“The strongest technology solution can be destroyed by a person who writes their password down on a post-it note, or uses their laptop openly on a train. Legal professionals need training so they know what to do and what not to do to prevent a cyber breach while working remotely.” He adds that, to this end, Clio became the founding member of the Legal Cloud Computing Association – a group of legal cloud computing vendors committed to training legal pros and setting data security standards.
But, as Lenon points out, human beings are fallible, and to have a truly secure flexible workforce firms need an extra level of security that cloud-based practice and case management systems can provide.
“Firms need the ability to impose certain types of strong access controls, like strong passwords that can withstand multiple attempts at breaking into them, and two-factor authentication to require proof of identity for the people who are logging into the system.”
He adds that perhaps the most common threat to a firm’s information security with a mobile workforce – that can’t always be stopped by training – is a lost or stolen mobile device.
“Encryption at rest is the first step to stopping cybercriminals accessing information from a stolen device, but given enough time they could break through that. Cloud-based practice and case management systems, like Clio’s, allows firms to immediately reach out, lock access from that device, and trigger a remote wipe the next time it’s powered on.”
In response to law firms that have been resistant to cloud-enabled flexible working, Lenon says that Clio’s data banks are significantly more secure than the average law firm server. In addition to round-the-clock monitoring, on-call experts and daily penetration testing, Clio employs strict controls on technical and physical access.
“For example, to get access to our data centre you have to pass through one door and verify your identity on camera with biometric controls at the next door. If you can’t, then all the doors around you are locked – and there’s nowhere to go. Then it’s just a simple call to the police because there’s a stranger attempting to access the data centre.” He adds that most small law firms couldn’t implement this level of security quickly or easily, “and I doubt their clients would actually want to go through that every time they visited the firm’s office.”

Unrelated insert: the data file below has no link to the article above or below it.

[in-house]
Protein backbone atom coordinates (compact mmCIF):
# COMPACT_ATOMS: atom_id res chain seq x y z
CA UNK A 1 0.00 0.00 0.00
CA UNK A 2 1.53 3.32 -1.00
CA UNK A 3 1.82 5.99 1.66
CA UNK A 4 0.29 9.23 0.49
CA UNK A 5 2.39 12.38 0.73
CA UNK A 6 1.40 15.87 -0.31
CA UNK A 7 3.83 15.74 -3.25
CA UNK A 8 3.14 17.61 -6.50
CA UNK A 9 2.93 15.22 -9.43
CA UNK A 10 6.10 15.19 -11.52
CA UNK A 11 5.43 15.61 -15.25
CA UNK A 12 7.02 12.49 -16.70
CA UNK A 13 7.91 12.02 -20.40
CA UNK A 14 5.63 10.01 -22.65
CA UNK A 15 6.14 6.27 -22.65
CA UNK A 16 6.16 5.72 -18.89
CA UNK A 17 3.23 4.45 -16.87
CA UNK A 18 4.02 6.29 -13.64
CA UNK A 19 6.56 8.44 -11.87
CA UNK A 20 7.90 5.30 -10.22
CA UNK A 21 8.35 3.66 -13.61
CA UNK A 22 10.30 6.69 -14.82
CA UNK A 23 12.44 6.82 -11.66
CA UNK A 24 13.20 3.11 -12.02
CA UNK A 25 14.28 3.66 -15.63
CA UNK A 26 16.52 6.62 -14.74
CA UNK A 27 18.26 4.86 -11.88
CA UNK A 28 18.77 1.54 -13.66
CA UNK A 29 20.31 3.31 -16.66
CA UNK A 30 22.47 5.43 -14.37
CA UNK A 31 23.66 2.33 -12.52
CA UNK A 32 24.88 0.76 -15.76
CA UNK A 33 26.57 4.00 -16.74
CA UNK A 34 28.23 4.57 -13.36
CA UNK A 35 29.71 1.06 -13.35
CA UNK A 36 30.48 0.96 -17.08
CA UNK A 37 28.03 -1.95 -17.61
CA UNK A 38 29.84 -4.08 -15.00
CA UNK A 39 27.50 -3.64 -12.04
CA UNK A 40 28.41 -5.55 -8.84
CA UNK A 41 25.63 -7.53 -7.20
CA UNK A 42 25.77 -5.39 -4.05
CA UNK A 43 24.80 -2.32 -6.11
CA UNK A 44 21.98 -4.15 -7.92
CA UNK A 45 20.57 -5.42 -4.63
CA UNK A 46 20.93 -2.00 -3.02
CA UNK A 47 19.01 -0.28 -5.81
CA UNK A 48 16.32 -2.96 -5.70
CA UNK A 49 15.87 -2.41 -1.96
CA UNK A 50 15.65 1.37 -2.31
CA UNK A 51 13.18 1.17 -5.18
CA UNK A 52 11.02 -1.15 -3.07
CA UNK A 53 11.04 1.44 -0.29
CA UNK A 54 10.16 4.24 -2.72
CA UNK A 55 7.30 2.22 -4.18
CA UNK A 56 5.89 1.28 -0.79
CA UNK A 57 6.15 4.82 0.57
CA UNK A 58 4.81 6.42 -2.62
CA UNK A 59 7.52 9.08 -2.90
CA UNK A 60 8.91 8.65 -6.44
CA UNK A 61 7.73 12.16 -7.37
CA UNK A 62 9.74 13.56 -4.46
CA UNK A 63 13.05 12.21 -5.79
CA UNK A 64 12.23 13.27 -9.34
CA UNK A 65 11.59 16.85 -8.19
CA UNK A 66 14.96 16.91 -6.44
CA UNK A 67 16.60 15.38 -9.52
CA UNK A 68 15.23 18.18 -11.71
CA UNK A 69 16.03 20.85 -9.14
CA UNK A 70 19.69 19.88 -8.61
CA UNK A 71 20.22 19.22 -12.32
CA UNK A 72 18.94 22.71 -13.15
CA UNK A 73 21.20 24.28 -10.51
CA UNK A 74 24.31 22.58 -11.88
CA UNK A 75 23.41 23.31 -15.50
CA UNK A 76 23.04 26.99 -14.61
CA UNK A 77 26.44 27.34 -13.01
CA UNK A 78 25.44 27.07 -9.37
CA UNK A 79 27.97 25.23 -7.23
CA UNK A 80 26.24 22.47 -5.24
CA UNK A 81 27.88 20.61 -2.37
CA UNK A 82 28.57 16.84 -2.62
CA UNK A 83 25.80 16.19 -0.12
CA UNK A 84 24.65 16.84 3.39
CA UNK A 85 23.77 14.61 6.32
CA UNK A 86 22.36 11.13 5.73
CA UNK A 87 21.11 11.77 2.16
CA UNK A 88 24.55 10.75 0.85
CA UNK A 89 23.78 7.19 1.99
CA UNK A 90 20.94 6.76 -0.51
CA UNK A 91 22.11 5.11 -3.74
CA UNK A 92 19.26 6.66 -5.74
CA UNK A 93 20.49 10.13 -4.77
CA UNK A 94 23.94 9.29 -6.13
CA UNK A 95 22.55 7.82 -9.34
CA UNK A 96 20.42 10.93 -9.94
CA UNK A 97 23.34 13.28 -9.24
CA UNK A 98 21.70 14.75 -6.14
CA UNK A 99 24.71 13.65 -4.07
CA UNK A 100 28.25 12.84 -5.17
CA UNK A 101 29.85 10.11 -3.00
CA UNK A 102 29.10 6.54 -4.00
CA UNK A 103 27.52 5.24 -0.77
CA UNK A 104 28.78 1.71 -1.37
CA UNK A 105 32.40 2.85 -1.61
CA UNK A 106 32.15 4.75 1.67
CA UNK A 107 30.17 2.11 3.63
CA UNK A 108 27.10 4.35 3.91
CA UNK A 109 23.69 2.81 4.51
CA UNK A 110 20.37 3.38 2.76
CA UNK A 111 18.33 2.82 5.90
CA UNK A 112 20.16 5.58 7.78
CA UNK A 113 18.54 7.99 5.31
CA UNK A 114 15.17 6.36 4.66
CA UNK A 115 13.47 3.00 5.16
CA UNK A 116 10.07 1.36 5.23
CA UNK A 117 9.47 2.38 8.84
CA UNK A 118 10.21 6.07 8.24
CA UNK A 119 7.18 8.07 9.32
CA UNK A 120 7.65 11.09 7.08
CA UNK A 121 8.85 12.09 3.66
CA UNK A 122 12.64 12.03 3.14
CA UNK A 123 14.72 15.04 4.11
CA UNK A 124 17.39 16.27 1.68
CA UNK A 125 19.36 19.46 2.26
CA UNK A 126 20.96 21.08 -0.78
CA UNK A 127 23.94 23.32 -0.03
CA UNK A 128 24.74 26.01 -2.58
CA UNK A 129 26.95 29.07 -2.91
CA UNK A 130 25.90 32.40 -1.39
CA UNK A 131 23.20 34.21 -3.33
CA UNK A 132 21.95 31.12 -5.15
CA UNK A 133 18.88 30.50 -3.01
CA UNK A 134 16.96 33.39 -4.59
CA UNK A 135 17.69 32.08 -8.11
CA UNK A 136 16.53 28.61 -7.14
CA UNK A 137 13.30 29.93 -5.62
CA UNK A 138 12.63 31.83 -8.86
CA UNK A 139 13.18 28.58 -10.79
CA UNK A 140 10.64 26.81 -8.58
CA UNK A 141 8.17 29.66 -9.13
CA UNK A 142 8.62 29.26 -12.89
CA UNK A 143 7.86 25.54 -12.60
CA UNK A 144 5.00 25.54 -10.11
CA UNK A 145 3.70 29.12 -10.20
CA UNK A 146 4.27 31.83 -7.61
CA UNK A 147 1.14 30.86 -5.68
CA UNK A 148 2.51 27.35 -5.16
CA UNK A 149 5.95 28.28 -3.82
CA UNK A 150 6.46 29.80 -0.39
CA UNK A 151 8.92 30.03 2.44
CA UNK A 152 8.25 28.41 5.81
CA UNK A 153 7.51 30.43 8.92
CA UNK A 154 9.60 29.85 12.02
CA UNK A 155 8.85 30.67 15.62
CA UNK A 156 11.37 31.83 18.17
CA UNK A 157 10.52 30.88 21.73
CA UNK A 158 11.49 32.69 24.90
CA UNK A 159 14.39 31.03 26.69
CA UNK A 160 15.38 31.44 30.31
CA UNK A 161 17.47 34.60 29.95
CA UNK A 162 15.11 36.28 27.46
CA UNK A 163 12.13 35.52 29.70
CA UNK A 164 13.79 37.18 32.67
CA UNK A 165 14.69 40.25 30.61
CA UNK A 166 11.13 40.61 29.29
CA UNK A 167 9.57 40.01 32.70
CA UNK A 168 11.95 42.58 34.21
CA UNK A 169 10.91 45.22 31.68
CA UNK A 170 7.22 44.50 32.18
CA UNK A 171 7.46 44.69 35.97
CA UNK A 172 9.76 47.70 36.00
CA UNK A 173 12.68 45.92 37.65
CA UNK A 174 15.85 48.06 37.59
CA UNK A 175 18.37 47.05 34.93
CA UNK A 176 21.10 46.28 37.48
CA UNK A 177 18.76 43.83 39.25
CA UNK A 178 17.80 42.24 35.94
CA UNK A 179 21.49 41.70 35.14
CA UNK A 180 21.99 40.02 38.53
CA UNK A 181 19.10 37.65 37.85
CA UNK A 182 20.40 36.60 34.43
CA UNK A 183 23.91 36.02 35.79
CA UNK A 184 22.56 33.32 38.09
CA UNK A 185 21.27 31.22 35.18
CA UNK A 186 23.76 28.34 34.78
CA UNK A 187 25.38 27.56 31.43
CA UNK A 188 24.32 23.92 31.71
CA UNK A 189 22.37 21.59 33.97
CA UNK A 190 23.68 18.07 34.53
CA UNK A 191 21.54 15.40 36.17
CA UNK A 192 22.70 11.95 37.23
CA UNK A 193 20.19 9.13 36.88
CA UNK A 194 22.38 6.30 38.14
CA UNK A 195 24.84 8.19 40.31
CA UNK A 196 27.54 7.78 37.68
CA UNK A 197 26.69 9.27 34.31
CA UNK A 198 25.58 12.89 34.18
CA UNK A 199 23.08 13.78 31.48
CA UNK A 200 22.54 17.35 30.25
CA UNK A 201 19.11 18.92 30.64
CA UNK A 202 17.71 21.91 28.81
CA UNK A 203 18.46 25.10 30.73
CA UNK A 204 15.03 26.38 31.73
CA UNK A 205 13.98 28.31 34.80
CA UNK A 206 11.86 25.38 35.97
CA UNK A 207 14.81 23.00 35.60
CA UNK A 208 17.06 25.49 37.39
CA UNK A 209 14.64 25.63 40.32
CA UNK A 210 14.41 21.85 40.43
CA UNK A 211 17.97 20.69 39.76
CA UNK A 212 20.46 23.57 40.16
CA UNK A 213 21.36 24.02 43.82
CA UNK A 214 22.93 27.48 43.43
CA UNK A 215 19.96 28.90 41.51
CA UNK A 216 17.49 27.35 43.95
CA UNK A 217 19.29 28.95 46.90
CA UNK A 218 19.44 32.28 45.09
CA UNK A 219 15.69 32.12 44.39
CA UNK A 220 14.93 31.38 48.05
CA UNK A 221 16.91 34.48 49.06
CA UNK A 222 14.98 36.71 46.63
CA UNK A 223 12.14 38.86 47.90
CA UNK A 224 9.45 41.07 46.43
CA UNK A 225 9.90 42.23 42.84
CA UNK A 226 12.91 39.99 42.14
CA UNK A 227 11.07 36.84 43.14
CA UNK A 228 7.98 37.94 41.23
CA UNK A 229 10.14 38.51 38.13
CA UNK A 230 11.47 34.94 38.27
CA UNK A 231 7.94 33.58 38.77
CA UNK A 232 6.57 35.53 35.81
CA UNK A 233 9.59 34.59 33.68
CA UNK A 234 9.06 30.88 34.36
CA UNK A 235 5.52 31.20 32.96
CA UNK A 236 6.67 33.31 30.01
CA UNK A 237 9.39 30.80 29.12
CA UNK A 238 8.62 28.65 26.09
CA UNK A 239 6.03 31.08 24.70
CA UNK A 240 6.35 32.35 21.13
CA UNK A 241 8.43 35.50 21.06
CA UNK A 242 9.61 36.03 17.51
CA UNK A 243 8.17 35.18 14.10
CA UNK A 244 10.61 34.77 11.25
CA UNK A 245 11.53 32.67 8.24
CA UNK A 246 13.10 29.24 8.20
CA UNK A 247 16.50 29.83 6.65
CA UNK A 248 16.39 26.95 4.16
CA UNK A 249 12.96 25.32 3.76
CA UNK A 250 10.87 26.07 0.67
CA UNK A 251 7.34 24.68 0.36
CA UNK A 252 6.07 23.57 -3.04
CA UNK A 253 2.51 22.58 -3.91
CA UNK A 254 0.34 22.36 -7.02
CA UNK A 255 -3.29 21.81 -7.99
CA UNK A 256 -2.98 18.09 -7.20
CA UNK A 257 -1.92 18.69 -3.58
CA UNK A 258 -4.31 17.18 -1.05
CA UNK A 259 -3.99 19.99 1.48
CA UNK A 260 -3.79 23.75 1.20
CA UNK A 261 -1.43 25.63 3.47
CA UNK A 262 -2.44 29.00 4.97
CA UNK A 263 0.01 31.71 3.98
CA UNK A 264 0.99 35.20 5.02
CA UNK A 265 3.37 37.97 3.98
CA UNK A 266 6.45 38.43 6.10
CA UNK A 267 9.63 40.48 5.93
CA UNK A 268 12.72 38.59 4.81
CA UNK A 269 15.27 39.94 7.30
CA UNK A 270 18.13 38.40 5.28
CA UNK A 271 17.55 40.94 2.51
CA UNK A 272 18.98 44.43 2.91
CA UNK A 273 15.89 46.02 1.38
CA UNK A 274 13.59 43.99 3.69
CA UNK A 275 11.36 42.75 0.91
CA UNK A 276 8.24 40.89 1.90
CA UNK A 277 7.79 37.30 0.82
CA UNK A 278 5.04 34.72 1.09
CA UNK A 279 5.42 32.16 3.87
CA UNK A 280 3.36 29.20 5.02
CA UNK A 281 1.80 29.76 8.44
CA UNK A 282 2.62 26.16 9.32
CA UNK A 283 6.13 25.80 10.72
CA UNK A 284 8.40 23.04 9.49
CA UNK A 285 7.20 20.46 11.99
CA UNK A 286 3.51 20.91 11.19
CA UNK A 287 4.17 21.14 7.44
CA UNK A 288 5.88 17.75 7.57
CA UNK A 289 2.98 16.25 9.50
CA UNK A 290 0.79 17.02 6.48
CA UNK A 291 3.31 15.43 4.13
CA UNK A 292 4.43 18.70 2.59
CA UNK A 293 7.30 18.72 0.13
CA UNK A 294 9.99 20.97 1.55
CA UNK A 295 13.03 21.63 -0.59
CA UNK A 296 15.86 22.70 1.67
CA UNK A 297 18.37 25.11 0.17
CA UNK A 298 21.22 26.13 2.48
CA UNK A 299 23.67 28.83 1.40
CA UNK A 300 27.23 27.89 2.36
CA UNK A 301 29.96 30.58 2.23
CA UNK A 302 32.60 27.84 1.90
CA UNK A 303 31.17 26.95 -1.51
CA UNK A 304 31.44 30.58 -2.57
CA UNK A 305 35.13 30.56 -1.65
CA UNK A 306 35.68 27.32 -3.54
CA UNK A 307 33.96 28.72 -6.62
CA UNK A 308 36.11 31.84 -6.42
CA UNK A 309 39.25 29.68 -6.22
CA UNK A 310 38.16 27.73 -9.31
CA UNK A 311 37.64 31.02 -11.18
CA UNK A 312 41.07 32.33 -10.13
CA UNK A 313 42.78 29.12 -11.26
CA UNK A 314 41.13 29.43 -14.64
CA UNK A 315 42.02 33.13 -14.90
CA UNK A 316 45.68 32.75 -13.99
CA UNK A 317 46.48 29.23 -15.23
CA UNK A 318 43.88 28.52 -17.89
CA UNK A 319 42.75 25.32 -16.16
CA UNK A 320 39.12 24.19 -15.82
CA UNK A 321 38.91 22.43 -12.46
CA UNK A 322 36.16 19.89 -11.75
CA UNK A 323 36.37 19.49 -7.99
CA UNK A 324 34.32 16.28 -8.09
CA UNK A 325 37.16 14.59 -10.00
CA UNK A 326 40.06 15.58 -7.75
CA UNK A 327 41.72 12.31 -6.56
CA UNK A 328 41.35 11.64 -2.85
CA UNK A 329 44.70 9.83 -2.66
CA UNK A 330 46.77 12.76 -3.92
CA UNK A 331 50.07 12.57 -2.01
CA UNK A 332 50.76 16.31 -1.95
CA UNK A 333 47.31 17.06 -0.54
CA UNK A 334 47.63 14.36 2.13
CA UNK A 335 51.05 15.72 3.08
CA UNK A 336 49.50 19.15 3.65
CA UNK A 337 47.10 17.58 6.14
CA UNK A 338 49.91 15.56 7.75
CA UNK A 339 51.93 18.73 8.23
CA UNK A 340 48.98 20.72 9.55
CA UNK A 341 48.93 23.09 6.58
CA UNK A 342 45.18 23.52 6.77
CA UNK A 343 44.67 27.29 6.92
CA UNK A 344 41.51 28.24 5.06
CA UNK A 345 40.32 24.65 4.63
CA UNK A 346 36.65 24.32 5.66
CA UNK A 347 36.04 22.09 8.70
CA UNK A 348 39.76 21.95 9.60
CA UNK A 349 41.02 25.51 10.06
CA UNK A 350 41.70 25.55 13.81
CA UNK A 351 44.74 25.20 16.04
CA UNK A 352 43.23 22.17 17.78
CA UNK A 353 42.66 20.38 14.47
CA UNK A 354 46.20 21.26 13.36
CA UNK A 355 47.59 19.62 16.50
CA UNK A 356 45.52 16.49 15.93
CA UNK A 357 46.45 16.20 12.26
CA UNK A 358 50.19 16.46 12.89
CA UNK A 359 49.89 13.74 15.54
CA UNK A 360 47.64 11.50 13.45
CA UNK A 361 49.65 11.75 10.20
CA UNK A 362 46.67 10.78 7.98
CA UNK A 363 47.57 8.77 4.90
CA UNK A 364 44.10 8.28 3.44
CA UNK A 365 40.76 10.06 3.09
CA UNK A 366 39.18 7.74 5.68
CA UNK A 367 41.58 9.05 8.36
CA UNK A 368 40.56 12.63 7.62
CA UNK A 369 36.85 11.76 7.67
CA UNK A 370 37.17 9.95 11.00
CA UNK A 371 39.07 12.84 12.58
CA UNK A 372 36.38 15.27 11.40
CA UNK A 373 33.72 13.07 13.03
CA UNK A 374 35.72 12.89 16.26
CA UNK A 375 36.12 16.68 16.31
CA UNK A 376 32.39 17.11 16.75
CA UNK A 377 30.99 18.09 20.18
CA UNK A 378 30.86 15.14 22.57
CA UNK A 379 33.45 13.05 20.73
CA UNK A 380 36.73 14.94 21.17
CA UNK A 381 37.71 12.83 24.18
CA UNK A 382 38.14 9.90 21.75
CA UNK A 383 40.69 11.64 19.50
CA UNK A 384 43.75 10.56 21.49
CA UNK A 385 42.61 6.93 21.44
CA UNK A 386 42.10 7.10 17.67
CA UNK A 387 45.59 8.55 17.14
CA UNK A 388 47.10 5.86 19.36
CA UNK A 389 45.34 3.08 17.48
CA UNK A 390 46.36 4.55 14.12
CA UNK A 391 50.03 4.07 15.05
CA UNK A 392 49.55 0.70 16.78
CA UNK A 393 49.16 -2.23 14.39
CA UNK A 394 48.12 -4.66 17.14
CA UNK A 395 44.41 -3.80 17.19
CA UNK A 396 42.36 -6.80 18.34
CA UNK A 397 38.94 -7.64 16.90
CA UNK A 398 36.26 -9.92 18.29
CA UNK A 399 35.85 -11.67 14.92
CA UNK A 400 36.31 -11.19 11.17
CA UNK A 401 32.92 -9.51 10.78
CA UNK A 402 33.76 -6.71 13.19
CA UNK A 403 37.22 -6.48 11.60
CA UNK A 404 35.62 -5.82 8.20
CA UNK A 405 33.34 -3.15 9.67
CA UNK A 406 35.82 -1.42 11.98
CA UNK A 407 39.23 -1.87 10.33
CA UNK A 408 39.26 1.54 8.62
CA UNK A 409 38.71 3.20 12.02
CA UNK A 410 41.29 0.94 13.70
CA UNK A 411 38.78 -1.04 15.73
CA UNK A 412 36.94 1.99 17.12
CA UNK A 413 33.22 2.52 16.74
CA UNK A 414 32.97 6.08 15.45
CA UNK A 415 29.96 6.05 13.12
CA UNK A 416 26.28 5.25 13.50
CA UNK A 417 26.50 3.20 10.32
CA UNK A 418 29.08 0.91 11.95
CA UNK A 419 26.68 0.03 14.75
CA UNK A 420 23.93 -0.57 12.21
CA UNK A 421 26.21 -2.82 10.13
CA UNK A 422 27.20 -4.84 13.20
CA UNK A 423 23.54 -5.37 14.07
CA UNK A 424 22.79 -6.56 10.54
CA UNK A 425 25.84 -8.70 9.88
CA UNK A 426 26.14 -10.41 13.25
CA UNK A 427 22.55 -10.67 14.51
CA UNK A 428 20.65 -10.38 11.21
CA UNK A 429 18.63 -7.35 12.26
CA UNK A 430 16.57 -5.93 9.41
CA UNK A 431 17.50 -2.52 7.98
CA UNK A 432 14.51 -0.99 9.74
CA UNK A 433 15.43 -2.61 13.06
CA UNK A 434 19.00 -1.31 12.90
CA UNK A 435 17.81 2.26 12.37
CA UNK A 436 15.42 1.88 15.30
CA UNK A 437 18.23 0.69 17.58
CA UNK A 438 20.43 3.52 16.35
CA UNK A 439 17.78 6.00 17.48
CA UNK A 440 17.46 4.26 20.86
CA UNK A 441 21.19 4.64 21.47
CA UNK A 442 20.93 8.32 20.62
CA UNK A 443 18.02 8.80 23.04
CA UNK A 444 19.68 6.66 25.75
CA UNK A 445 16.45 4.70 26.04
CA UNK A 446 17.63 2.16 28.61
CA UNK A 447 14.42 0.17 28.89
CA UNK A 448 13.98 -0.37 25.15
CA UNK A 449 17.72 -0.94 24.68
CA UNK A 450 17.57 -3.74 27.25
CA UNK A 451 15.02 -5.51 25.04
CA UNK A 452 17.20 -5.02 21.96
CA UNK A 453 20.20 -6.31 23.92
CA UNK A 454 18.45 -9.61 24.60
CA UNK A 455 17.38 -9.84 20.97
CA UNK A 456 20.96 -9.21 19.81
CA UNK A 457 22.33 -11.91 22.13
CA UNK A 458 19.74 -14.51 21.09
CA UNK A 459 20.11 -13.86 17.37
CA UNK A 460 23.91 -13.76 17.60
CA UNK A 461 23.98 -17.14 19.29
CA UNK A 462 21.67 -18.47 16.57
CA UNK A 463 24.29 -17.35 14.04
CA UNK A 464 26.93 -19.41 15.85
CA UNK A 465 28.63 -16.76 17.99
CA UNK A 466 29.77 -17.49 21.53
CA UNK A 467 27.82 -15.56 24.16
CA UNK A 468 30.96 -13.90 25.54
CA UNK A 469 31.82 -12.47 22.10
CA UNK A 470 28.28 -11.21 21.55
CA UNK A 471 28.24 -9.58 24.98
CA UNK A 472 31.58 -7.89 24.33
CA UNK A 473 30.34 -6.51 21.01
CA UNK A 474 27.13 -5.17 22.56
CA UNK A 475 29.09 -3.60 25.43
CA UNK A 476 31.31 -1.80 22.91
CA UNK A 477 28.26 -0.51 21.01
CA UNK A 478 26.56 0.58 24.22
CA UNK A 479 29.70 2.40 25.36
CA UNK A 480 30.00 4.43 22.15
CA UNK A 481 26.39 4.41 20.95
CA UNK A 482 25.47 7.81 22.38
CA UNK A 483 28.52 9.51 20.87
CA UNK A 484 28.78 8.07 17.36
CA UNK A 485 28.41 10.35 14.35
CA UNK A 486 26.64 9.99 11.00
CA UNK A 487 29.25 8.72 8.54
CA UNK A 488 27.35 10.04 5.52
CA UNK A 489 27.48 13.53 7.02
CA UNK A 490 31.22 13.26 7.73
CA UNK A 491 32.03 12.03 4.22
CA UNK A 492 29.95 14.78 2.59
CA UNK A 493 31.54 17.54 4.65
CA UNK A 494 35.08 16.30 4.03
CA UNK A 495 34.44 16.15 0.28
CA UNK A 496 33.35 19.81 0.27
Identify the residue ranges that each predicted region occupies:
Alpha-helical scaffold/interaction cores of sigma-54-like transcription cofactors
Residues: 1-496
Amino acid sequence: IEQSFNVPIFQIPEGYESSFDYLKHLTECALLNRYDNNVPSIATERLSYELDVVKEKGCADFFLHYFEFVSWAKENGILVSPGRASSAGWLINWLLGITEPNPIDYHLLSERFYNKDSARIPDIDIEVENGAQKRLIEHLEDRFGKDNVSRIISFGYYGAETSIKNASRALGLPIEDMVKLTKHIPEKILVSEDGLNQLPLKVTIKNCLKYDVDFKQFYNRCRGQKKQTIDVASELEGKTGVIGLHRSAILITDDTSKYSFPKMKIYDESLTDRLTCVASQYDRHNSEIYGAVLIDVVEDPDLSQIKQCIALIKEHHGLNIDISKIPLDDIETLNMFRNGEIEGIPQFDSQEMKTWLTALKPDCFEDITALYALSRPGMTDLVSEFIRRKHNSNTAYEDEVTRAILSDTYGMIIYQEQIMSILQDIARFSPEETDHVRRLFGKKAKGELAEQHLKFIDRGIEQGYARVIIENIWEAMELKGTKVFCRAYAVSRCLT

Lenon says Clio also strives to keep its flexible solutions up to date with rising regulatory privacy concerns.
“When the General Data Protection Regulation comes into force firms will have to be extra-vigilant as flexible working entities – which is why Clio is building those considerations into its tools now.”
Flexible working is becoming increasingly popular among SME law firms as a means of reducing overheads and attracting talent to gain competitive advantage. But firms need to be aware of the challenges a flexible setup presents to their information security and know how to stop potential breaches. Lenon says that cloud-based practice and case management systems offer a flexible and secure way for legal pros to work flexibly by encrypting data, wiping sensitive information from mobile devices and ensuring firms know who’s accessing their systems. Combining these tools with a well-trained workforce is the key to creating a more secure, flexible set-up at your firm.